§      Timing of land acquisition — The Chief’s Report will not include language, similar to the feasibility study report, indicating that the value of the lands “regardless of the date of acquisition” shall be credited to the non-Federal sponsor.  Such an approach would be inconsistent with existing Corps policy.  In particular, there are two relevant policies:

-      If lands were acquired more than 5 years before the PCA, no credit is given for incidental costs associated with the acquisition.  However, if lands were acquired within 5 years of the PCA, those incidental costs can be reimbursed.

-      The value of lands acquired after a PCA is signed is defined as the value as of the date of acquisition.  However, if lands are acquired before the PCA is signed, their value is defined to be the value as of the date the Corps was granted entry.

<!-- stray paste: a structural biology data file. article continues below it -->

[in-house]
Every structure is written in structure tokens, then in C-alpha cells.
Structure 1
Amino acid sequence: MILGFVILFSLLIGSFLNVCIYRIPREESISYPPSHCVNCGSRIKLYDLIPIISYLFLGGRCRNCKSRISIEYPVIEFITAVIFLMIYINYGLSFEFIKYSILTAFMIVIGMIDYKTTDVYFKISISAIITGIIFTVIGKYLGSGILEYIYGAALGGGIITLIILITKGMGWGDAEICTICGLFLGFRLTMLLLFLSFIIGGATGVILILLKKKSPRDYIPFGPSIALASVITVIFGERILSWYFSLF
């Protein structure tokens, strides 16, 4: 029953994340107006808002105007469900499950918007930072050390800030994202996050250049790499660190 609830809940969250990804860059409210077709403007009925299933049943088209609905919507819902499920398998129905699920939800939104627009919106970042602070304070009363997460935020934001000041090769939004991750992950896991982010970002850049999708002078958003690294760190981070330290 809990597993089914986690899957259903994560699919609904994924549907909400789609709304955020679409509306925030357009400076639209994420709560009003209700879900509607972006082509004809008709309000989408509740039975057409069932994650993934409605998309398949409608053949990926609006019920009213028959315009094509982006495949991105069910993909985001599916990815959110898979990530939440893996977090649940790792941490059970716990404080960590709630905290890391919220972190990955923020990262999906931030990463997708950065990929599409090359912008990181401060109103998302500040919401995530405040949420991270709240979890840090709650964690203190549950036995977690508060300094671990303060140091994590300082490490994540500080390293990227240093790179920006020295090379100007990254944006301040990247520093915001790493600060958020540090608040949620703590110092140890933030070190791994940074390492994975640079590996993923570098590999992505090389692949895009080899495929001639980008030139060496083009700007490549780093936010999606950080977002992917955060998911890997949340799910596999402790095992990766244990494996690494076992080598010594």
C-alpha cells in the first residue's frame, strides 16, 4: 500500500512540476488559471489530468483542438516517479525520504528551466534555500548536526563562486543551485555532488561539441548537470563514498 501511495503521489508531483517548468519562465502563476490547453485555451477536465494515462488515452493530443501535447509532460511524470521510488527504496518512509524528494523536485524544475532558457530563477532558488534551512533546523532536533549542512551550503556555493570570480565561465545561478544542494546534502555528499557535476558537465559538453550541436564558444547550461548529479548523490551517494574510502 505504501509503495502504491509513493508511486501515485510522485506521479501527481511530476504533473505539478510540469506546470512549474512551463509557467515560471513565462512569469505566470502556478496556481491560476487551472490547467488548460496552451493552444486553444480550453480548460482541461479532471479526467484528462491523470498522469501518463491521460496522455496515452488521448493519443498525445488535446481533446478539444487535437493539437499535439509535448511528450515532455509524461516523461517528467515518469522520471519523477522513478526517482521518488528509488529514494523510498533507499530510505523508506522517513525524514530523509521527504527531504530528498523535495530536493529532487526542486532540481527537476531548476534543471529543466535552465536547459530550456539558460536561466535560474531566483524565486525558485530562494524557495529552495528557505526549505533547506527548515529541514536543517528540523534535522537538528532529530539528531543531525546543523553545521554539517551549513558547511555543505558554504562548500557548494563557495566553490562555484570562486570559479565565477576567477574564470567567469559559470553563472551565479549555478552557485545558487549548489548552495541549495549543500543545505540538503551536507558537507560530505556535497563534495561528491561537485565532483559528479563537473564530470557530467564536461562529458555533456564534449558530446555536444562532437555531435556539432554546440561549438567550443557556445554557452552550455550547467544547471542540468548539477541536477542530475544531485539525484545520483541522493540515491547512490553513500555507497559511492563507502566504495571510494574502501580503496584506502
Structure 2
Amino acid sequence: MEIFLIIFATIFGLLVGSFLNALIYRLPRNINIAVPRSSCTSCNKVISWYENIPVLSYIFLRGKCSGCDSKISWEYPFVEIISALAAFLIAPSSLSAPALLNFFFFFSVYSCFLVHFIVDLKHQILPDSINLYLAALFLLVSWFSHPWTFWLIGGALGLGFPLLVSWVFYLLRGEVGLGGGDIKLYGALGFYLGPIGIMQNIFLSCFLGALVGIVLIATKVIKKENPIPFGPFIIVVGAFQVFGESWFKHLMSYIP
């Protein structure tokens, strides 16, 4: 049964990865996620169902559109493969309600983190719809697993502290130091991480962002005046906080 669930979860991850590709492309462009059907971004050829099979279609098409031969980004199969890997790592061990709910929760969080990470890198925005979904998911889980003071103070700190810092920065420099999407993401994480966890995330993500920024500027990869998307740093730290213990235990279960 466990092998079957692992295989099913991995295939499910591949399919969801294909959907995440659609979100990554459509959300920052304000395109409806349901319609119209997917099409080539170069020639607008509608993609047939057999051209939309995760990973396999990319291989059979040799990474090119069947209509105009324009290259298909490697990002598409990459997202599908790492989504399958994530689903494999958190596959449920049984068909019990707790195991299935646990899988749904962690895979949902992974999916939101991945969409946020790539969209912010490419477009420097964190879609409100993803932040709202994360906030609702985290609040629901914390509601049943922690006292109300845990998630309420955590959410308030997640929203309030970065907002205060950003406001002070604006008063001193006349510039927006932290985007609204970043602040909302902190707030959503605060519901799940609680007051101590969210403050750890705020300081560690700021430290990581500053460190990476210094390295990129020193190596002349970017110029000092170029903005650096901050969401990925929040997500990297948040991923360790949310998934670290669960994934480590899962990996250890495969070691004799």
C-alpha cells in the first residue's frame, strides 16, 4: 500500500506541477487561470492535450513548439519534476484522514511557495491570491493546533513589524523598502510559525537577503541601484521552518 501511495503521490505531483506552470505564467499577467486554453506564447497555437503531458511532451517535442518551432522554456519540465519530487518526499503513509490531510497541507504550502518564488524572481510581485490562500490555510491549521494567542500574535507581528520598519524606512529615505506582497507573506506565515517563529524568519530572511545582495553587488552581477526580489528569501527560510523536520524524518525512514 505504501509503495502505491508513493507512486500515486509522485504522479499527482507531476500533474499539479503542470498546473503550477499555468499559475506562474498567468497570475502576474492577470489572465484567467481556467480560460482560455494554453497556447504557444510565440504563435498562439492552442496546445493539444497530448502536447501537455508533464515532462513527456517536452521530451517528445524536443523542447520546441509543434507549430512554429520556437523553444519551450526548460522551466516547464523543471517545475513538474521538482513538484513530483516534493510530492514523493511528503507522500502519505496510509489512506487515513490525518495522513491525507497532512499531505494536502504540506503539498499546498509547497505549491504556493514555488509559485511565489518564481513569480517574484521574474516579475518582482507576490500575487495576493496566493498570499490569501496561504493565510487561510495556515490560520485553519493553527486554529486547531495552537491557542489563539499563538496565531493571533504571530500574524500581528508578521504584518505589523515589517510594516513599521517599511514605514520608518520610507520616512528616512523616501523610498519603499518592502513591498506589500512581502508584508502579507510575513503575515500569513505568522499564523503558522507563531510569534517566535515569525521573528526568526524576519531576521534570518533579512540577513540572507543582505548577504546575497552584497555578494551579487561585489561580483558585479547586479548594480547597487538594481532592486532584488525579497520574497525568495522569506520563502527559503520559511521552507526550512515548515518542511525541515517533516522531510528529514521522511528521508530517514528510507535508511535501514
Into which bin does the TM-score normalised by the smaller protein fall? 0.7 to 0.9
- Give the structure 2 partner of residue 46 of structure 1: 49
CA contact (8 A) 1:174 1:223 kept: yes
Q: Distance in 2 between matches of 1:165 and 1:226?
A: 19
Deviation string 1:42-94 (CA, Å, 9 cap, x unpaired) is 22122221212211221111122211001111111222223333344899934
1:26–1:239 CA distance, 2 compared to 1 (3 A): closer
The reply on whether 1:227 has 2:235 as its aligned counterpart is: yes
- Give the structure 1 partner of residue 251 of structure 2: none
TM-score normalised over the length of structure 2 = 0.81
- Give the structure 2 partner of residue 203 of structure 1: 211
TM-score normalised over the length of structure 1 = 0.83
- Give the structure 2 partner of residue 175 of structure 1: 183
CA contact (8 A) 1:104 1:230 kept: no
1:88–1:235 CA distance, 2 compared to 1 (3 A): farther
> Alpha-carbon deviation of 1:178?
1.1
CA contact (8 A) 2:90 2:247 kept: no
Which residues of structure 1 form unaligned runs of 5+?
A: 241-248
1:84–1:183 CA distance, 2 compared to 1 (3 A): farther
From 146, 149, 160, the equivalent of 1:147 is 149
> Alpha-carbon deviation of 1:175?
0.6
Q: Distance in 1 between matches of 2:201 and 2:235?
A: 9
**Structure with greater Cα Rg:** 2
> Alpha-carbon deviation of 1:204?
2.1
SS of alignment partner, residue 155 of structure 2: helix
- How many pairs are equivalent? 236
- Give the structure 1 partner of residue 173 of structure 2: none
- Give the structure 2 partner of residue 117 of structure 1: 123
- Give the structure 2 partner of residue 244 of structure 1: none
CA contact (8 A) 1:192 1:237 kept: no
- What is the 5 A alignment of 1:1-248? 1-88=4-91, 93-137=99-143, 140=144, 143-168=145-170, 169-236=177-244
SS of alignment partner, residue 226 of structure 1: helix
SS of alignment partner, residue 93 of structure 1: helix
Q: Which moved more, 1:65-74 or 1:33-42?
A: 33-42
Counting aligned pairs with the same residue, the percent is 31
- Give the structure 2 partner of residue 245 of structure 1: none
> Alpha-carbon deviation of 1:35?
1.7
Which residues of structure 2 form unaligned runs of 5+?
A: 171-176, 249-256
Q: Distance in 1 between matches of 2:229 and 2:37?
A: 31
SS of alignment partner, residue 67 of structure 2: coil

Mark Holsten asked about the plans for fish passage at L&D 8, noting that the States have also proposed a fish barrier for that location.  Rich Worthington noted that fish barriers were not part of the Navigation Study.  Fish passage projects would be 100 percent federally funded.  However, fish barriers would require cost sharing.  Mark Cornish added that the timing of these features is important.  The fish passage proposal for L&D 8 is approximately 10 years in the future, while the barrier is proposed for FY 06.  If the science of adaptive management shows that fish passage at L&D 8 would not be prudent, it will not be pursued. 

 

Gary Clark asked if the UMRBA representatives were satisfied with the answers to their draft comments and whether the comments should be finalized and officially transmitted.  It was agreed that the comments would not be transmitted at this time.  However, UMRBA staff should follow-up with Rich Worthington to see if submitting the comments to Corps Headquarters would be helpful as the process evolves.